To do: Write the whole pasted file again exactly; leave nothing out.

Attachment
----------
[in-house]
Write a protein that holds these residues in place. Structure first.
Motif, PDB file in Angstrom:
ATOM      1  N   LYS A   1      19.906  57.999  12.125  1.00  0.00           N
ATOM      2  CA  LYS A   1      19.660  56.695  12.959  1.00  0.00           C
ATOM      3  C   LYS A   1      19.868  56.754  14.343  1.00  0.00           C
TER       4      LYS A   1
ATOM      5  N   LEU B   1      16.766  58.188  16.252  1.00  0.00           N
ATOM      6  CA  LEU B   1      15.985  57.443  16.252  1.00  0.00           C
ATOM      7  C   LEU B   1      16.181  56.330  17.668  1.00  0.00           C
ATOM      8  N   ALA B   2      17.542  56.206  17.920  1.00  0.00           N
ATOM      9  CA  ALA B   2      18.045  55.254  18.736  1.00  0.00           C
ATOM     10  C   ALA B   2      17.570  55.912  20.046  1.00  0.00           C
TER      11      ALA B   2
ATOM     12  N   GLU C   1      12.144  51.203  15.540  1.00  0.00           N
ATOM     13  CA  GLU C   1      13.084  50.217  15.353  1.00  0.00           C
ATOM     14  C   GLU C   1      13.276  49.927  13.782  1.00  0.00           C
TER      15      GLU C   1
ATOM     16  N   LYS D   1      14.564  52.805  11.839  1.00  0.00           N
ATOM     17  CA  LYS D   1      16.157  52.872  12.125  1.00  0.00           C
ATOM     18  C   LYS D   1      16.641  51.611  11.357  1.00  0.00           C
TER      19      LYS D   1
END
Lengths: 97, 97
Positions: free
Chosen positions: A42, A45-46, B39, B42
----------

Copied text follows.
[in-house]
Write a protein that holds these residues in place. Structure first.
Motif, PDB file in Angstrom:
ATOM      1  N   LYS A   1      19.906  57.999  12.125  1.00  0.00           N
ATOM      2  CA  LYS A   1      19.660  56.695  12.959  1.00  0.00           C
ATOM      3  C   LYS A   1      19.868  56.754  14.343  1.00  0.00           C
TER       4      LYS A   1
ATOM      5  N   LEU B   1      16.766  58.188  16.252  1.00  0.00           N
ATOM      6  CA  LEU B   1      15.985  57.443  16.252  1.00  0.00           C
ATOM      7  C   LEU B   1      16.181  56.330  17.668  1.00  0.00           C
ATOM      8  N   ALA B   2      17.542  56.206  17.920  1.00  0.00           N
ATOM      9  CA  ALA B   2      18.045  55.254  18.736  1.00  0.00           C
ATOM     10  C   ALA B   2      17.570  55.912  20.046  1.00  0.00           C
TER      11      ALA B   2
ATOM     12  N   GLU C   1      12.144  51.203  15.540  1.00  0.00           N
ATOM     13  CA  GLU C   1      13.084  50.217  15.353  1.00  0.00           C
ATOM     14  C   GLU C   1      13.276  49.927  13.782  1.00  0.00           C
TER      15      GLU C   1
ATOM     16  N   LYS D   1      14.564  52.805  11.839  1.00  0.00           N
ATOM     17  CA  LYS D   1      16.157  52.872  12.125  1.00  0.00           C
ATOM     18  C   LYS D   1      16.641  51.611  11.357  1.00  0.00           C
TER      19      LYS D   1
END
Lengths: 97, 97
Positions: free
Chosen positions: A42, A45-46, B39, B42